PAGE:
Peter calls on his readers to show spiritual courage. They are to resist the devil’s attacks by being firm in the faith. In order to understand what Peter means by firm in the faith you can read Paul’s illustration in Ephesians 6 about spiritual warfare (see here for some thoughts on spiritual armour).
In addition to the items in Paul’s spiritual armour, Peter reminds his readers that their experience of Satanic attack is not unique – it was ‘being experienced by your brotherhood throughout the world’ (v. 9). This is a call for sympathy because the experiences of conflict should lead us to empathise with others enduring the same.
Yet it is also a call to learn from and be challenged by the faithfulness of others. This is what the writer of Hebrews does in his eleventh chapter. It is good for us to think about those who have endured trouble for the faith, whether we have read about them or even knew them. And regarding them we know that they were taken safely through a hostile world by their faithful Master, provided they remained loyal to him.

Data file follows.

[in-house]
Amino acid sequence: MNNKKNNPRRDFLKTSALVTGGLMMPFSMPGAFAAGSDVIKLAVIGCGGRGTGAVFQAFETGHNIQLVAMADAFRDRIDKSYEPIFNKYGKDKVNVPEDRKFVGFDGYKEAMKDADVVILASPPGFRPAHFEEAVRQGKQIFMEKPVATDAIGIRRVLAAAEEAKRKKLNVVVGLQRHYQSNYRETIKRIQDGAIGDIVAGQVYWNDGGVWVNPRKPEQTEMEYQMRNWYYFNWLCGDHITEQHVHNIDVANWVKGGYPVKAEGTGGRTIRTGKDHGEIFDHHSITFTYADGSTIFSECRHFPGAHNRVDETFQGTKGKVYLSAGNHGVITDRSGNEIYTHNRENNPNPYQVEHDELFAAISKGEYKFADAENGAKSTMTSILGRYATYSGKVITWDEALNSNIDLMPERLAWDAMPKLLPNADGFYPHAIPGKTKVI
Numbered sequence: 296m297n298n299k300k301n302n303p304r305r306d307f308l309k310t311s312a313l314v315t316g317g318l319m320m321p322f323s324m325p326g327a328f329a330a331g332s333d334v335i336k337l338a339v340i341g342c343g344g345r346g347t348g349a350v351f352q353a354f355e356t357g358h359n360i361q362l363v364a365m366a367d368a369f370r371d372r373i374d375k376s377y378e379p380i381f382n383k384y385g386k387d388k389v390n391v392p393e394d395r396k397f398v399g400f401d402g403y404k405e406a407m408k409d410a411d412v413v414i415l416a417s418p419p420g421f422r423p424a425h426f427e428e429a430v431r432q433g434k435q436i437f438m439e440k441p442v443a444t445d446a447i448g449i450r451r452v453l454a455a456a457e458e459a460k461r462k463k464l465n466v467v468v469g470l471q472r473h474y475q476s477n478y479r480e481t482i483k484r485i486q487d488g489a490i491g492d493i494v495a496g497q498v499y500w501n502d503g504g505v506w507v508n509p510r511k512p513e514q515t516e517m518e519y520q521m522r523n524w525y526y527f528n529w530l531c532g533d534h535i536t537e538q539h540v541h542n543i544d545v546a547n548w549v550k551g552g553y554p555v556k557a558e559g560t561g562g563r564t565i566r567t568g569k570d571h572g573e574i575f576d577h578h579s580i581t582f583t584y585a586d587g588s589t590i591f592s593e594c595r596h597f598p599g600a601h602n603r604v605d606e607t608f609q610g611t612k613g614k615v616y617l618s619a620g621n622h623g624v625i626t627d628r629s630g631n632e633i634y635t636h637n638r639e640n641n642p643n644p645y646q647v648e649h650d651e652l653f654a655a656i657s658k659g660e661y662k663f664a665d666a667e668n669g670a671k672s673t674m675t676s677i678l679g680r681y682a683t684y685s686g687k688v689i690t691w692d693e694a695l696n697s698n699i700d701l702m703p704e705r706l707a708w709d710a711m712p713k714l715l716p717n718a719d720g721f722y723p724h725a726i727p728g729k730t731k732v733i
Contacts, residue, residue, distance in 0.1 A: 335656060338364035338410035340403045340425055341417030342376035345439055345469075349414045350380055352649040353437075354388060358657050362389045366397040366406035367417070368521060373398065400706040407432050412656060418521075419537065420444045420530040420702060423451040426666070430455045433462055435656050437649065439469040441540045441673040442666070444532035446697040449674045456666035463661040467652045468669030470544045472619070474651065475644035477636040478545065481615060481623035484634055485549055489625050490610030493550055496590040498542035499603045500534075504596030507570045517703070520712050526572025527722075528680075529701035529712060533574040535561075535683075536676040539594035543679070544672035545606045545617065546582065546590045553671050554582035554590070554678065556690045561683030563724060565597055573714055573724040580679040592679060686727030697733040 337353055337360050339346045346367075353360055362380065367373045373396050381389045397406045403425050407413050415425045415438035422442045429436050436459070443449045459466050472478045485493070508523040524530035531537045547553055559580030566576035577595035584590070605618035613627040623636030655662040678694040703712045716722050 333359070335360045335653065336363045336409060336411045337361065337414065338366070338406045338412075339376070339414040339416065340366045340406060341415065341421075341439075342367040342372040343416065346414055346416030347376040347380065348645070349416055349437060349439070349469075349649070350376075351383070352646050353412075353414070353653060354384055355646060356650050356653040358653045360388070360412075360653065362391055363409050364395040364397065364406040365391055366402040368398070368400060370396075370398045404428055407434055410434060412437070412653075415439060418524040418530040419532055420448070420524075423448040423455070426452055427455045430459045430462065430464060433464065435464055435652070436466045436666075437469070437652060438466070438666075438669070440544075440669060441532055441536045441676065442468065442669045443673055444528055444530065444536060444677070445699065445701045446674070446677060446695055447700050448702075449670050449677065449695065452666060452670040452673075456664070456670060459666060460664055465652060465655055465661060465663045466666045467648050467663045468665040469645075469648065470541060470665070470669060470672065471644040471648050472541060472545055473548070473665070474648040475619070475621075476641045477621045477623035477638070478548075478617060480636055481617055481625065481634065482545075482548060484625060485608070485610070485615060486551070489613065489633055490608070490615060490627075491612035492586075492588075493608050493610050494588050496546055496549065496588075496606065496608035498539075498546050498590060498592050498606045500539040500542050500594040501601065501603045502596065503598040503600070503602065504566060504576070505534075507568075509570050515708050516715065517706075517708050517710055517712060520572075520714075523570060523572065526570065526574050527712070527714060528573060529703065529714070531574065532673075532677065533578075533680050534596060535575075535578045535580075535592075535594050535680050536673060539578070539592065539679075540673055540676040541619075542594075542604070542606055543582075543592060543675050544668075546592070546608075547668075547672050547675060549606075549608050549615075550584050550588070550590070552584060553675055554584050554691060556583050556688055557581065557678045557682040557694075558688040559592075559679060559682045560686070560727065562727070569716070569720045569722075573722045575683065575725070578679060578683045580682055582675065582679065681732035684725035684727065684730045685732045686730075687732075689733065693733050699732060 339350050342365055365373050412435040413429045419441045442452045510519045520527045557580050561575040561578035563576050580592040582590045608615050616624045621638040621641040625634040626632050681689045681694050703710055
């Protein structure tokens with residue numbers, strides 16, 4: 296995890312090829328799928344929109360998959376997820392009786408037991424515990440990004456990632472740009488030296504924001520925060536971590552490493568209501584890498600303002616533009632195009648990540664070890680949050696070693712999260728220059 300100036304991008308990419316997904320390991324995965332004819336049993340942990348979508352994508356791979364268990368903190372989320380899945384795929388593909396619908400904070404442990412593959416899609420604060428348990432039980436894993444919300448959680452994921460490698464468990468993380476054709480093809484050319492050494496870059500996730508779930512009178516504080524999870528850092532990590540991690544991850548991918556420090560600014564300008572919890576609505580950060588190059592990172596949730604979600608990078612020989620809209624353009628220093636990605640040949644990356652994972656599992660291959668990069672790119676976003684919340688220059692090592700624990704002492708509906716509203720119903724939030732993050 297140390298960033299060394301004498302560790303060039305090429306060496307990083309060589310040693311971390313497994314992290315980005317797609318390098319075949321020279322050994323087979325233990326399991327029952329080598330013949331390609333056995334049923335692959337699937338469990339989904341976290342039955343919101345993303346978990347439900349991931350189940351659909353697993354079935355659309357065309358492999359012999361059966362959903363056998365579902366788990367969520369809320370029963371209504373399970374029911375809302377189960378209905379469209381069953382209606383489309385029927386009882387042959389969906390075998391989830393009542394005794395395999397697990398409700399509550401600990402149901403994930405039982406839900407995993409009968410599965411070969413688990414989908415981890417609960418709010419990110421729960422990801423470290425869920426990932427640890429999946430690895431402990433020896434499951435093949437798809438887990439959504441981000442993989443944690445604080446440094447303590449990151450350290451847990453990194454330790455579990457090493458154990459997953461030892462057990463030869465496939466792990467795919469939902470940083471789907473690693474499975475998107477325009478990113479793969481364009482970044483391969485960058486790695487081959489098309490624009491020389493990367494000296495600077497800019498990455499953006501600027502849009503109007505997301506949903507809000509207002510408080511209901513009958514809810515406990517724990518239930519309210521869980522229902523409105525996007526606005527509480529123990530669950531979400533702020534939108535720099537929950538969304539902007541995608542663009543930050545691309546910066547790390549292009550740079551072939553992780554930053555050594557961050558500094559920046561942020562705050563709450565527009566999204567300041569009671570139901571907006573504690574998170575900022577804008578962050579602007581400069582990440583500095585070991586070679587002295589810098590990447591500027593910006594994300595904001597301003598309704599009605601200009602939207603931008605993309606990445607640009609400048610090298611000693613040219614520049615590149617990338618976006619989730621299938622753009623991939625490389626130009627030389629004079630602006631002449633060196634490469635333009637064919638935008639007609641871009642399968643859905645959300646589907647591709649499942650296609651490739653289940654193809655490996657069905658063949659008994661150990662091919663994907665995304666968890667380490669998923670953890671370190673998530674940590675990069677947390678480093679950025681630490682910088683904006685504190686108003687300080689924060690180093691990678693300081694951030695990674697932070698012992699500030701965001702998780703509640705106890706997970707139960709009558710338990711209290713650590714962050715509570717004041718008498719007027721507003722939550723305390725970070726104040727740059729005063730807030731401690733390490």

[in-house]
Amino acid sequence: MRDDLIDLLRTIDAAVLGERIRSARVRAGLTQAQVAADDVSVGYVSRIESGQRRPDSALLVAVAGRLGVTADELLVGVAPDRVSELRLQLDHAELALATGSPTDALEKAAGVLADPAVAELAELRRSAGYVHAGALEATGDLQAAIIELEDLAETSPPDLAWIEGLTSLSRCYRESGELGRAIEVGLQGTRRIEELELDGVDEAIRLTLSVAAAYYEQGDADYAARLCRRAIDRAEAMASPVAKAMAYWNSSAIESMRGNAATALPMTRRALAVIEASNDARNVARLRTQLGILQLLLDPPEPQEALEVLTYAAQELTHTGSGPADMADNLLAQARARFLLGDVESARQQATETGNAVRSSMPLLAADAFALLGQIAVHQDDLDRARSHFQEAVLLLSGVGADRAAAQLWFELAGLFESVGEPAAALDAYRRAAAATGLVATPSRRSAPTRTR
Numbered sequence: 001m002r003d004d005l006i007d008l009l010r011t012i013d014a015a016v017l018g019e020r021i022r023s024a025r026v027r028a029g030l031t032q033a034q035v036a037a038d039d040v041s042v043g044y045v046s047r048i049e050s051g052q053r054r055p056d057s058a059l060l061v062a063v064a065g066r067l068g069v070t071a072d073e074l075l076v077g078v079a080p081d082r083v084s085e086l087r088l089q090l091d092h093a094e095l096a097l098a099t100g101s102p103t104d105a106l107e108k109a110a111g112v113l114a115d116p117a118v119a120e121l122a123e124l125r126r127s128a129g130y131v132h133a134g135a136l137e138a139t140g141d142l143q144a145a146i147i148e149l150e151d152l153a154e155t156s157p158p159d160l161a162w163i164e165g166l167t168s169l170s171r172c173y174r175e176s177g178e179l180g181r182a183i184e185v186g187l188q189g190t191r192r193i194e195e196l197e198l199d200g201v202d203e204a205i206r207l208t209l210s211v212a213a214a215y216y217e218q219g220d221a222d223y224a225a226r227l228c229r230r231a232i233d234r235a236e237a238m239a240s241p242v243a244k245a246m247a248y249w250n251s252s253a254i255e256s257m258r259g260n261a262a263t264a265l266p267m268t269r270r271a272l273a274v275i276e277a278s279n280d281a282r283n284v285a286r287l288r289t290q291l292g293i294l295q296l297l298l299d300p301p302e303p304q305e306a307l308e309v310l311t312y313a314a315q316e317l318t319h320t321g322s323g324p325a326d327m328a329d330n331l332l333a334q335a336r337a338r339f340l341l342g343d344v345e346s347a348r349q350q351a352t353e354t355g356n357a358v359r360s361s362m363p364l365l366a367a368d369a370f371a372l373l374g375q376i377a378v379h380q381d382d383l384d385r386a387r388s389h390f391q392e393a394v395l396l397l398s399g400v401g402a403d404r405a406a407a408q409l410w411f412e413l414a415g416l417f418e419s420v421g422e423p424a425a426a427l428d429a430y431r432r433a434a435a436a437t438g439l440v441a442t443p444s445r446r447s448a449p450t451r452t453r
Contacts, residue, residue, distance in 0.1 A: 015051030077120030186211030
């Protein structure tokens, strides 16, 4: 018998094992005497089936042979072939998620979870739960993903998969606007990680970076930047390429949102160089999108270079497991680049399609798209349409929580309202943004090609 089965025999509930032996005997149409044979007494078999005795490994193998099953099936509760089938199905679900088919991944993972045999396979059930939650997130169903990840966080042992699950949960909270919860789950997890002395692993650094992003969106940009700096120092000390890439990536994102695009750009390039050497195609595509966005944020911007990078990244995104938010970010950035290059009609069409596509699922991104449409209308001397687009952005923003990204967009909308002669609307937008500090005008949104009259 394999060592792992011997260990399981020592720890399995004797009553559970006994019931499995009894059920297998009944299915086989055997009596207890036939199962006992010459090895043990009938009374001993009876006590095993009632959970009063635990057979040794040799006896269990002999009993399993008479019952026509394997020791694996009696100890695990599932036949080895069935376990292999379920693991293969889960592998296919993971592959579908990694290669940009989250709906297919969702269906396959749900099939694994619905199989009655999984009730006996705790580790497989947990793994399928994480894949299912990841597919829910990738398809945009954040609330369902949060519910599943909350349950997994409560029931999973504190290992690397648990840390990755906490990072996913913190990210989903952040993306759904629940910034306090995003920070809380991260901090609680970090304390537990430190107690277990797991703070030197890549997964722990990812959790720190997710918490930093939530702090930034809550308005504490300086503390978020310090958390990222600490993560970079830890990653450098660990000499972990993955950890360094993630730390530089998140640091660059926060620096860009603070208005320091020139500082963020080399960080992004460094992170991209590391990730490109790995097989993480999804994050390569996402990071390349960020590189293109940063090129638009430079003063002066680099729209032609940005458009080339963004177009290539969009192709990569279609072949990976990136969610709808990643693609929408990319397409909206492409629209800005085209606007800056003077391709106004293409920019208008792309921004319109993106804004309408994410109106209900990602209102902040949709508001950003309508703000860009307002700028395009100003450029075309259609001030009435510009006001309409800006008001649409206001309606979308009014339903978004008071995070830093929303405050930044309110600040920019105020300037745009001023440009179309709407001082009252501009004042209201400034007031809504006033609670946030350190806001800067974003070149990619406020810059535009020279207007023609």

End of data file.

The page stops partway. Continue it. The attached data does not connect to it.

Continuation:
So there are valid reasons for being confident when under threat from the devil. His roaring cannot harm us and eventually Jesus will reveal that he has already won the victory over all his enemies. If we keep our heads with regard to the roars and watch carefully for signs of the devil’s attack, we will discover that Jesus has provided what we need to resist the attacks of such a powerful spiritual opponent.